Friday, May 21, 2010
Ever stop and wonder why there's stuff?
Seems pretty basic to me, but it isn't until I really consider the alternative, no stuff, that I'm extra glad to know that there's stuff.
Imagine for a moment a universe with no stuff. Not only that, but ponder the notion that there was a very brief instant a very very very very long time ago when the possibility of a universe full of anti-stuff was as likely as one full of stuff.
There's a delicate and quite constant stuff/anti-stuff not-quite-balancing act being played out in front of our very eyes, and it has been playing out since long before there was enough stuff to actually form eyes.
Imagine that undersized spare tire you have in the trunk, or that bottle of mango Snapple. With just the slightest variance in the behavior of subatomic particles 13 billion years ago, there would be, in another anti-stuff-universe, an anti-undersized spare tire, and an anti-mango Snapple to perfectly balance out the stuff-universe stuff that makes up the tire and the Snapple.
But there isn't an anti-stuff universe. There is an undersized tire in the trunk, and those mangoes did become a bottle of Snapple.
Do you ever ask yourself why there's stuff?
We just take stuff for granted, because there's been stuff for as long as we've been around to have stuff, and look at stuff, and hear stuff, and to marvel at the beauty of stuff.
Seriously, I don't even want to imagine an anti-stuff-universe Grand Canyon canceling out the stuff-universe Grand Canyon. Thankfully, there's no anti-Bach, nor an anti-moon. An anti-Anne Hathaway is pretty much unthinkable.
But it could have been that way, if not for the fact that high energy collisions between subatomic particles 13 billion years ago apparently (and I do mean apparently) produced more stuff than anti-stuff.
And, 13 billion years later, there's still some stuff.
There's a stuff-universe that isn't perfectly balanced by an anti-stuff universe. I've long suspected that there was a scientifically explainable reason why high energy collisions between really small, fast moving shit produces more stuff than anti-stuff, but I wasn't entirely sure what that reason was....all I knew is that there was stuff, which I consider overwhelming evidence of something.
Thankfully, we have the Tevatron collider out at Fermilab in Batavia, IL to answer questions about stuff. Those physicists at Fermilab weren't satisfied with having already discovered the Top Quark, the Bottom Quark, and the Tao Neutrino.
No, no, they still had questions about stuff out at Fermi. So, rather than feeling like the stuff-universe had passed them by when the Euros built a bigger version of the thing they'd been working with for the better part of 40 years, they continued looking for stuff.
As luck would have it, my family moved to the far southwest suburbs of Chicago back in the late 60s, just when Fermilab was being built. As a grade schooler, along with my other classmates, we took a tour of the newly opened Fermilab.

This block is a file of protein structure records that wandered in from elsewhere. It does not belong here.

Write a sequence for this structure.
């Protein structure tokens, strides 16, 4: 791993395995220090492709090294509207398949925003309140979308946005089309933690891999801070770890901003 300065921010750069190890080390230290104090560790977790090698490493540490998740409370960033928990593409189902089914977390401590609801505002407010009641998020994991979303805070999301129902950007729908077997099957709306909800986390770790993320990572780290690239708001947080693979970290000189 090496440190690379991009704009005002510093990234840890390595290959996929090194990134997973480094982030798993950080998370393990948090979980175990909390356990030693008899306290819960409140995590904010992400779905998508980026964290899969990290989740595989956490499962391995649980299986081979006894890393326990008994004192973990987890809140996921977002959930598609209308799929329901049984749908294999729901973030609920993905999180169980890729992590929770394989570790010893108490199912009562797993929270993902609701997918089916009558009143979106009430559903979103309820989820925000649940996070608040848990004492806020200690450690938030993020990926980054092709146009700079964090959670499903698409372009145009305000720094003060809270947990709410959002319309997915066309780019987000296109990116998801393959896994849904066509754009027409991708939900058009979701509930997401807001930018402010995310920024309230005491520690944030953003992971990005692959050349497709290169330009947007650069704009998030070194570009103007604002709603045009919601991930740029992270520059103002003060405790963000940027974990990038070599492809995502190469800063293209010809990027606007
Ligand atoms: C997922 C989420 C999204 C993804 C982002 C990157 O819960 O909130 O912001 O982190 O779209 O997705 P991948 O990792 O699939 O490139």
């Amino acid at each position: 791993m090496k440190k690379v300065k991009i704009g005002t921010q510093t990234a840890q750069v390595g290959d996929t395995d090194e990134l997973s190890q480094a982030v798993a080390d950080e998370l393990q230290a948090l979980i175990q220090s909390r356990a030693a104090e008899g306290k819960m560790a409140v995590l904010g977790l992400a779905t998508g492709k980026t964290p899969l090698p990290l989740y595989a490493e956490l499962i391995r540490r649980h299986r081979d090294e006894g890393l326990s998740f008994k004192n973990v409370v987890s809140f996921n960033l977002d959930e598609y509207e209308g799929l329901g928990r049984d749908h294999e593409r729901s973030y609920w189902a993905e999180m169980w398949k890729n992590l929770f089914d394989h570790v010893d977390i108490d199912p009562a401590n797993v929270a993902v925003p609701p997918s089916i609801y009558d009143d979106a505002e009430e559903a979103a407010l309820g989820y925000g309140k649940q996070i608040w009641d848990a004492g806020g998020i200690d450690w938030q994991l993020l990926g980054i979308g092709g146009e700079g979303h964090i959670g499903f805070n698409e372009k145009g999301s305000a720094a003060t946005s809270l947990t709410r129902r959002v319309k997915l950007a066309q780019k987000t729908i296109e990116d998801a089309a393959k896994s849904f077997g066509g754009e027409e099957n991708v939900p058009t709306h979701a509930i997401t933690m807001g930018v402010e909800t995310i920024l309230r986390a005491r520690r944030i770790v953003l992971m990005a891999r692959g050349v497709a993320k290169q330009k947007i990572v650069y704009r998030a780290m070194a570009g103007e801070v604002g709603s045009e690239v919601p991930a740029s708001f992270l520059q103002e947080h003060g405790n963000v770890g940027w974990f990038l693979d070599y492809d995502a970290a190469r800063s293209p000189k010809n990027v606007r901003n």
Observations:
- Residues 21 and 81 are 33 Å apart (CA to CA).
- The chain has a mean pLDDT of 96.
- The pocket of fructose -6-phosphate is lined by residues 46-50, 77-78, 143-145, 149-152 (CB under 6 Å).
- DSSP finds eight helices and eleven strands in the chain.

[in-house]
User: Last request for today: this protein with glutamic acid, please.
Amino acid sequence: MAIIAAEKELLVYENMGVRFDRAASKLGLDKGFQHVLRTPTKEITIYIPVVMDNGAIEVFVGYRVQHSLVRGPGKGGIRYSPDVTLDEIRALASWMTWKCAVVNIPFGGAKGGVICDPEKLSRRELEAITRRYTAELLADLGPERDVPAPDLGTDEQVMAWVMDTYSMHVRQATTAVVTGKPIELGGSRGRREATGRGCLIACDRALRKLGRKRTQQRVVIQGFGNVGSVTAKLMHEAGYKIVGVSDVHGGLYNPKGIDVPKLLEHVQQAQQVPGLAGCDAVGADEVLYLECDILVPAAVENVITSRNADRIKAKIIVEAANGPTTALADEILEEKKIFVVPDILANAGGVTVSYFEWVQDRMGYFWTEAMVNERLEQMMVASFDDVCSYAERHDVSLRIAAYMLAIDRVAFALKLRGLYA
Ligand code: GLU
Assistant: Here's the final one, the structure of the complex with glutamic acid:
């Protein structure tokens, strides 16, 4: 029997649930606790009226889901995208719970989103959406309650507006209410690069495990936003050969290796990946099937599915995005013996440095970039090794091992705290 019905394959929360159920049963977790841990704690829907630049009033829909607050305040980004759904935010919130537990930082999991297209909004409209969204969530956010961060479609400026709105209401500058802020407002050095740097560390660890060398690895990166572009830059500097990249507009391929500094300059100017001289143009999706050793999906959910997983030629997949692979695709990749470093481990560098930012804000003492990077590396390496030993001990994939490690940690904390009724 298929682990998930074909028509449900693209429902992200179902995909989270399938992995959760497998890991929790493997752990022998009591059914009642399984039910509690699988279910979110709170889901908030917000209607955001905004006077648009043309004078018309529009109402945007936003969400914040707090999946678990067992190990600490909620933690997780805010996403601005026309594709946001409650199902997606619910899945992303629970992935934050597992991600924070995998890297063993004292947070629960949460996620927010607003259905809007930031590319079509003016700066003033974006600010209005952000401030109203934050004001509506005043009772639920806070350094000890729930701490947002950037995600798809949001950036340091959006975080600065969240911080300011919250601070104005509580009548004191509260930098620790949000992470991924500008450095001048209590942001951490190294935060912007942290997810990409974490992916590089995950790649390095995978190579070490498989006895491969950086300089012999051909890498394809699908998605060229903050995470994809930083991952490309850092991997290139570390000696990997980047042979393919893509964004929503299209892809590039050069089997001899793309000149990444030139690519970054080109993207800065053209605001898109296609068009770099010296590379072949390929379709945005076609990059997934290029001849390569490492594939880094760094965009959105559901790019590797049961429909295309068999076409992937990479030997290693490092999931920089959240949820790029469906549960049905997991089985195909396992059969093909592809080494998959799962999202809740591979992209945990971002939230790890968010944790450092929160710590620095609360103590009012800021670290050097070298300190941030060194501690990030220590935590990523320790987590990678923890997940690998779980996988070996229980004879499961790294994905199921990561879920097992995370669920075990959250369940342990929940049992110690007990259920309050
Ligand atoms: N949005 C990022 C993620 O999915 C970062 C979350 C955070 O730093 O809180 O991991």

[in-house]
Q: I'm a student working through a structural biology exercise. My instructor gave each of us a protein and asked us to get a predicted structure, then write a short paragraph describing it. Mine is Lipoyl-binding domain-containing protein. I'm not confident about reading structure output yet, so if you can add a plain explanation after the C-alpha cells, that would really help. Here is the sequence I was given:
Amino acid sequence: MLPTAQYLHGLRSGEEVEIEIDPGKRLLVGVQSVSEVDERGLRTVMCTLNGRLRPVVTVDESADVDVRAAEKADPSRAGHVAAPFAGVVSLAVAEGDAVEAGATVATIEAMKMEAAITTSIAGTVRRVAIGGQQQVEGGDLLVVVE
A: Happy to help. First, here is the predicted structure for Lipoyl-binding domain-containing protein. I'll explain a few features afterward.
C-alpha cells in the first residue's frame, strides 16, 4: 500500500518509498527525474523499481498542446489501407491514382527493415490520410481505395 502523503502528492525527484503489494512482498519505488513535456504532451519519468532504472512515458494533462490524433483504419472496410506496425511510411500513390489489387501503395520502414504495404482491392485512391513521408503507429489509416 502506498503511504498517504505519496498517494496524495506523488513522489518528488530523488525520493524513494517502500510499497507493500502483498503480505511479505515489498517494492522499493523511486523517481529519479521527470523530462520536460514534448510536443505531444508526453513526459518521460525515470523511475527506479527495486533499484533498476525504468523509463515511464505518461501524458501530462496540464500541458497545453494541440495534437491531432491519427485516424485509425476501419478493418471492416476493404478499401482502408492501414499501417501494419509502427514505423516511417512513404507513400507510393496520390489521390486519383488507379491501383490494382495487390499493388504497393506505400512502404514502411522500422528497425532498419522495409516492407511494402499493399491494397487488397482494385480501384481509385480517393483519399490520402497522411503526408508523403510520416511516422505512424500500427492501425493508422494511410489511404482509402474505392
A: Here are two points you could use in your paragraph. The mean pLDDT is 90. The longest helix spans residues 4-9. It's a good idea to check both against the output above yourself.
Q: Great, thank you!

I was in awe. The accelerator itself covers parts of Batavia and West Chicago. Driving along Butterfield Road, heading west, if you look to the north you see what appears to be a large hump running parallel to the road. It's a concrete shaft, with grass growing on it, and the fucking thing runs for almost 4 miles. It's huge.
I knew right then and there that these folks knew a lot about stuff.
They've used the Tevatron in a variety of ways. Without getting too technical, one way they use it, is to get these tiny little particles of shit shooting through the shaft in one direction, very quickly, and slam them into a stationary object, like say, a sheet of 24kt gold. Then, they check their results to see what kind of shit came flying off.
Or, they get tiny little particles of shit, like a light beam of shit, shooting in one direction, and then they send another light beam of tiny shit particles in the opposite direction, and force the opposite directionally moving shit particles into a head-on collision. And, they see what kind of shit happens to both beams of shit particles.
And that's what the were doing when they discovered why there's stuff.
That's right, despite being dwarfed by the LHC over in Europe, the folks using the Tevatron at Fermilab have announced that they've made a huge discovery about stuff.
They were doing shit with stuff on the Tevatron, when they discovered that when protons slam into anti-protons under extremely high energy, the result is slightly more pairs of muons than pairs of anti-muons. Only about a 1% difference as it turns out, but that's enough of a difference to perhaps explain why there's a universe of stuff that's not being canceled out by an anti-stuff universe.
"Many of us felt goosebumps when we saw the result." said Stefan Soldner-Rembold, particle physicist and research team spokesman. "We knew we were seeing something beyond what we have seen before -- and beyond what current theories can explain."
I can understand why Stefan is being humble here. The particle physics community never likes a boastful type. Stefan isn't coming right out and saying "We've just made a huge discovery about stuff!" because he knows that these days scientific discoveries come a little at a time.
But let's face it, this is a monumental discovery. It's a huge step in explaining why there's stuff.